here and there his comments on Hamlet which would lead you to some
useful references.

Cheers.

[2]-----------------------------------------------------------------
From:           Evelyn Gajowski <
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Date:           Friday, 4 Apr 1997 09:24:00 -0800 (PST)
Subject: 8.0419 Re: Sources for Oedipus Theory
Comment:        Re: SHK 8.0419 Re: Sources for Oedipus Theory

To John Boni:

Hamlet does not, at 3.4.186, instruct Gertrude "to essentially expose
his subterfuge," as you put it; he is confiding in her the truth about
his role-playing at "madness."  She responds, at 3.4.197, "Be thou
assur'd, if words be made of breath, / And breath of life, I have no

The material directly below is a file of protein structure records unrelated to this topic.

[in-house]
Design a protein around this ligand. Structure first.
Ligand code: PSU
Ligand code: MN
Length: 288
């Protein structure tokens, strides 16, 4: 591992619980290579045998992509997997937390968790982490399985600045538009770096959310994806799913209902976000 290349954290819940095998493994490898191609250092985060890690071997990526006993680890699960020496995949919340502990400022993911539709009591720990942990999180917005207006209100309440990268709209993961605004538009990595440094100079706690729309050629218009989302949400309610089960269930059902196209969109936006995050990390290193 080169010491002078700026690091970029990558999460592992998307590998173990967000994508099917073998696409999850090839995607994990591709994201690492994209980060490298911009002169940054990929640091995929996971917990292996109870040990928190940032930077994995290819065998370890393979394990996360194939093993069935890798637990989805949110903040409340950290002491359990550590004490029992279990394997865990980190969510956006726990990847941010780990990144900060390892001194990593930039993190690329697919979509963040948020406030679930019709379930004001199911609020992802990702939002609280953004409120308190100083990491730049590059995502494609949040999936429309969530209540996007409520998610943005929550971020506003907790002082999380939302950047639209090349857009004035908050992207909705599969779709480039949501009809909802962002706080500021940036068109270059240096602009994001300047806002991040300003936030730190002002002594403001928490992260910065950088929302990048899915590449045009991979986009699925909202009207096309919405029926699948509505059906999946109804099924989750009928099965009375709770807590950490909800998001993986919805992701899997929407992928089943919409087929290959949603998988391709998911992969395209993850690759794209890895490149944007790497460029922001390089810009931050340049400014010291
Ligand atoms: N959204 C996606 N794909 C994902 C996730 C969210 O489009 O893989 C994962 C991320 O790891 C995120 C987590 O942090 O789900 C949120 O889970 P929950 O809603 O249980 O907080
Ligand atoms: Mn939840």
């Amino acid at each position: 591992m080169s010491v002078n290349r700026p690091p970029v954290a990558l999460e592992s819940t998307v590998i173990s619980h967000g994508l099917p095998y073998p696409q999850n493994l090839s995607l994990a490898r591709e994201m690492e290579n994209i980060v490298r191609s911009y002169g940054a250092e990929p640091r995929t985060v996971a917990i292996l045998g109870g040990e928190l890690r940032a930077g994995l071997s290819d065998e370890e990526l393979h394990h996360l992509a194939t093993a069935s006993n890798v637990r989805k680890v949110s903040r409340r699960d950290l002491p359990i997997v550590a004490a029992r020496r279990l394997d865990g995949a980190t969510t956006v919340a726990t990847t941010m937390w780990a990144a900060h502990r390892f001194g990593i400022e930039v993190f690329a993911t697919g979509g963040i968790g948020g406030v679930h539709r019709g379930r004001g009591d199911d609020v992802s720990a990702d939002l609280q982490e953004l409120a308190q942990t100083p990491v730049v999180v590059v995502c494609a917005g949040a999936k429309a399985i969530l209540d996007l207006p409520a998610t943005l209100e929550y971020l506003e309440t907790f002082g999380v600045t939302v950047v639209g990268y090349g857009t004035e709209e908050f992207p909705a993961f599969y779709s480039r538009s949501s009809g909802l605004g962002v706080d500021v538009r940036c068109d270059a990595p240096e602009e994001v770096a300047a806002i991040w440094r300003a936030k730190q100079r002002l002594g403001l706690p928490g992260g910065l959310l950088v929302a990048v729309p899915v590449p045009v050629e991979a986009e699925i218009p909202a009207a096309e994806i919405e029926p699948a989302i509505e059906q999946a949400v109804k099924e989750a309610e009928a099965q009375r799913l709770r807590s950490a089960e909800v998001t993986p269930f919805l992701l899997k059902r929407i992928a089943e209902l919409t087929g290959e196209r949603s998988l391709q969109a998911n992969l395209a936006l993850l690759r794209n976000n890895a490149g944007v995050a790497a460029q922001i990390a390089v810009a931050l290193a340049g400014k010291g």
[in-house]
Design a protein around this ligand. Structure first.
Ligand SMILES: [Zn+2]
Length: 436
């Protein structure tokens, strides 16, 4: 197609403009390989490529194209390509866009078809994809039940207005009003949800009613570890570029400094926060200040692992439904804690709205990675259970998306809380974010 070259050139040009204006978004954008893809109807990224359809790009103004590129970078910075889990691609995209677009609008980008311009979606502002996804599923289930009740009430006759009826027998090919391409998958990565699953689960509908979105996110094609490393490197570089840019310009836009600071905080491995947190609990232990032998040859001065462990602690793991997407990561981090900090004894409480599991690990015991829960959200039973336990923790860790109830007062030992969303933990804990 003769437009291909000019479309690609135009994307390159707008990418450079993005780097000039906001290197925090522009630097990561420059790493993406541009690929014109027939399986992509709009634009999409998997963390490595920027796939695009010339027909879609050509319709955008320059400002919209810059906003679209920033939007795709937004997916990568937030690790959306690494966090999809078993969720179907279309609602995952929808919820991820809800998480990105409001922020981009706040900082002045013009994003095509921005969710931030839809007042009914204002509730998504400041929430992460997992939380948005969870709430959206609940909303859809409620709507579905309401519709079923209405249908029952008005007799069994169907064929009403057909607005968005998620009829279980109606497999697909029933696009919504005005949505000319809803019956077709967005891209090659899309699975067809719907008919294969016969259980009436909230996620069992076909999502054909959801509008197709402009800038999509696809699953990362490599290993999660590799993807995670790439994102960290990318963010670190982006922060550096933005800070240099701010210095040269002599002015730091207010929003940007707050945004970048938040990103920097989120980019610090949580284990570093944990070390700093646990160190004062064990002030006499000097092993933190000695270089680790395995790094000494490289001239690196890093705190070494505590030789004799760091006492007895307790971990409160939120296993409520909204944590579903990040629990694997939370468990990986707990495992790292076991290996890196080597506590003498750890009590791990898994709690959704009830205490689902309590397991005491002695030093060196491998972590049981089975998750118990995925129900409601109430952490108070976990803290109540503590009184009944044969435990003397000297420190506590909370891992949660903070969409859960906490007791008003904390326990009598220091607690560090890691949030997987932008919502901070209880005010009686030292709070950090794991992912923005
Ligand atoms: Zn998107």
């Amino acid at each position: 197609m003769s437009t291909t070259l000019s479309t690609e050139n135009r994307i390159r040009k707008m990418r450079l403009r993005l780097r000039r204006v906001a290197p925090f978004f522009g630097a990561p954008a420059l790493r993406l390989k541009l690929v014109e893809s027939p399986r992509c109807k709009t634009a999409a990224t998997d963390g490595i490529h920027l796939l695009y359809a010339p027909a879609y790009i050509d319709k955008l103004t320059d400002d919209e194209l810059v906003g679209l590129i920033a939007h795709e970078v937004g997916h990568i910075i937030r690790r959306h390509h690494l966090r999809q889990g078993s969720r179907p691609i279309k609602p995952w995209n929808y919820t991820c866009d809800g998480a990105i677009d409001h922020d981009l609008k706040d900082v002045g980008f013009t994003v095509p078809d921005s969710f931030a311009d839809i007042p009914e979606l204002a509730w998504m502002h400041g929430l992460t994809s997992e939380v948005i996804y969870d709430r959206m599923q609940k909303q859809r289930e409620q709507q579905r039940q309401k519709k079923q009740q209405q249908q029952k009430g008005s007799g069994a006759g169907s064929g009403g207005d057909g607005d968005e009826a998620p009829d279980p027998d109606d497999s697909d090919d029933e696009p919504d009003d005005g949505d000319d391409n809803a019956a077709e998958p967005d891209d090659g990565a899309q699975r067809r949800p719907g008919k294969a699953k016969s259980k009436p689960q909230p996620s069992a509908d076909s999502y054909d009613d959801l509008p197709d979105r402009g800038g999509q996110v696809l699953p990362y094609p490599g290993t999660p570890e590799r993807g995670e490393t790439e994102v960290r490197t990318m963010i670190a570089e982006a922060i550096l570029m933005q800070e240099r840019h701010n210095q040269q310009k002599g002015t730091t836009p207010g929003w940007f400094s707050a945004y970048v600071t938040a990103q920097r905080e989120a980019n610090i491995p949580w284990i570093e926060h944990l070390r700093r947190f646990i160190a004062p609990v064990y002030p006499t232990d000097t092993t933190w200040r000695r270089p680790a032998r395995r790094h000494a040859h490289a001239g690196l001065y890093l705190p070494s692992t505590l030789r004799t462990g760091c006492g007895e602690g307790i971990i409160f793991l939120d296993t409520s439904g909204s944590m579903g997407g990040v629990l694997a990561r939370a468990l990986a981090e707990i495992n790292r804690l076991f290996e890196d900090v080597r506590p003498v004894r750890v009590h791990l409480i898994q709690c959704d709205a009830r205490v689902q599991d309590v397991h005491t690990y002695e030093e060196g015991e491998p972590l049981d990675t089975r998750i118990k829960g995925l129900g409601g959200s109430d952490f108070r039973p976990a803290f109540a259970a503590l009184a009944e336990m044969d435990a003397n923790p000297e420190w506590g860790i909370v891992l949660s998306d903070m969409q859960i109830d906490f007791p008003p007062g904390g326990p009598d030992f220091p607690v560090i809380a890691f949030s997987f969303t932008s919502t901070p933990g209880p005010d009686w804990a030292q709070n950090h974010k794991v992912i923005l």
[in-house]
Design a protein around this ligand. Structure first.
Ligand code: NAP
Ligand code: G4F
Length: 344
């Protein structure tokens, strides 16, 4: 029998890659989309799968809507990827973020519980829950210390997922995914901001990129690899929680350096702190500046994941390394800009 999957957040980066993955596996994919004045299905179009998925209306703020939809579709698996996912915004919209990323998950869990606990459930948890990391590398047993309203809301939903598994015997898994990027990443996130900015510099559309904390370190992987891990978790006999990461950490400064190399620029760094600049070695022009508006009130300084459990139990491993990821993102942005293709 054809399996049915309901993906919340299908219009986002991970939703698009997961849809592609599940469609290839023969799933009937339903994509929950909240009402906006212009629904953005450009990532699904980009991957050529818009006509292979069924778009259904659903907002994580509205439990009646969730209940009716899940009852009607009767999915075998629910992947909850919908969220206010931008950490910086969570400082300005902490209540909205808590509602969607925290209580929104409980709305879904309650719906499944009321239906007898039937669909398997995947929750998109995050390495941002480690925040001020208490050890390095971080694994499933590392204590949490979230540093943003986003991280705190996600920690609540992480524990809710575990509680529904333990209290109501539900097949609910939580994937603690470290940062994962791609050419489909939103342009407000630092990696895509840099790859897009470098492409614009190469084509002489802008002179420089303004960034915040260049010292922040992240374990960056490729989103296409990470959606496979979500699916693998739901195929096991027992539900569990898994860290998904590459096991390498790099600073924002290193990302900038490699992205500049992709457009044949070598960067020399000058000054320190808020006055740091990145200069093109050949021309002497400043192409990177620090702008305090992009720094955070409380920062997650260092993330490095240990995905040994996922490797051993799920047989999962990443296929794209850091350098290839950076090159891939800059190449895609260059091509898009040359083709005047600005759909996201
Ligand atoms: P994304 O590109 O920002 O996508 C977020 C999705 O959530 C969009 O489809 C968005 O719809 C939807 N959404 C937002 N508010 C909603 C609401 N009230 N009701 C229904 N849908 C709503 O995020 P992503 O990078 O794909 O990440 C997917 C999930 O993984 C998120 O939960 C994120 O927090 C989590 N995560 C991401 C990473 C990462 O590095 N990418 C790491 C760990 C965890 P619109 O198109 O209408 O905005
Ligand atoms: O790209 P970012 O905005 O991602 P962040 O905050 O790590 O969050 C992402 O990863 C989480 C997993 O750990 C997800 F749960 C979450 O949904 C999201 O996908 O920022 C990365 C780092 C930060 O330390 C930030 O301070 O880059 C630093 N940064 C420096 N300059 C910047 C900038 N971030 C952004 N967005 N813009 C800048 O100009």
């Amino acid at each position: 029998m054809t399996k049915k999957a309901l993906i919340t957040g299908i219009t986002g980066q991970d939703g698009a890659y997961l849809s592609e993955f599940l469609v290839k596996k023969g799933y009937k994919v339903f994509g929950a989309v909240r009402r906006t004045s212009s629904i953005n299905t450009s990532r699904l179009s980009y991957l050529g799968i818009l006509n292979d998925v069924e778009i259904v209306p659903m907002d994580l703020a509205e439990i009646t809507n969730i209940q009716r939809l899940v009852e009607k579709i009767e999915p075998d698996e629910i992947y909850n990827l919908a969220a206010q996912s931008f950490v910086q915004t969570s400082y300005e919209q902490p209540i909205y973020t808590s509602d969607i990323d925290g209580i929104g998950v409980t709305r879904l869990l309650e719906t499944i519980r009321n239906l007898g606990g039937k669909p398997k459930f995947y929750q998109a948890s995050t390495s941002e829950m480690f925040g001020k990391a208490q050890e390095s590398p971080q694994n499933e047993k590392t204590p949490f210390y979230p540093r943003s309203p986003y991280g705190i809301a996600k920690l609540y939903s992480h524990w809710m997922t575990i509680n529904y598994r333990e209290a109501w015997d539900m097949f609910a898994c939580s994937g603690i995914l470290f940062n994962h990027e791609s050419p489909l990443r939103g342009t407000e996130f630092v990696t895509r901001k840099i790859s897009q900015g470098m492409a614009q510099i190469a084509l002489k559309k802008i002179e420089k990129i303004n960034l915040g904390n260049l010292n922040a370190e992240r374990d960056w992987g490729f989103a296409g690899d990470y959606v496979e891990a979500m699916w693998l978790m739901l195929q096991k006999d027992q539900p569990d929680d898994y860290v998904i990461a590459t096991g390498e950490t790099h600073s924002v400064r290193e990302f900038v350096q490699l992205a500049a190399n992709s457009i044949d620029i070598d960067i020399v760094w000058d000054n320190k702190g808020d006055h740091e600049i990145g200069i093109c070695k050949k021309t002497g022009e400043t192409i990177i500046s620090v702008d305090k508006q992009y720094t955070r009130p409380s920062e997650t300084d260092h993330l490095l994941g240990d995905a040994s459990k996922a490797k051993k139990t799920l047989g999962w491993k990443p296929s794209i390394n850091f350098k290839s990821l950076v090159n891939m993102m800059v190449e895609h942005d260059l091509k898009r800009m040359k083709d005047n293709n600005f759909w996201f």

life to breathe / What thou hast said to me."  She therefore responds to
Claudius's query, "How does Hamlet?" thusly: "Mad as the sea and wind
when both contend / Which is the mightier" (4.1.7).

Regards,
Evelyn Gajowski

[3]-----------------------------------------------------------------
From:           John Boni <
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Date:           Friday, 4 Apr 1997 15:48:38 -0600 (CST)
Subject:        Re: Hamlet and Sanity

Norman Holland continued our discussion "offstage."  He suggested I send
along this query.

Hamlet, when he denies madness to Gertrude in III.iv, recites a standard
formula for lucidity, "Bring me to the test,/And I the matter will
reword, which madness/ Would gambol from."  Has anyone seen a comment on
this?  On the one hand, it is a modern technique for confirming
lucidity.  On the other, it seems pretty standard (judging from Hamlet's
forthright tone) for the times as well.

John Boni

[4]-----------------------------------------------------------------
From:           H. R. Greenberg <
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Date:           Friday, 4 Apr 1997 19:03:04 -0500 (EST)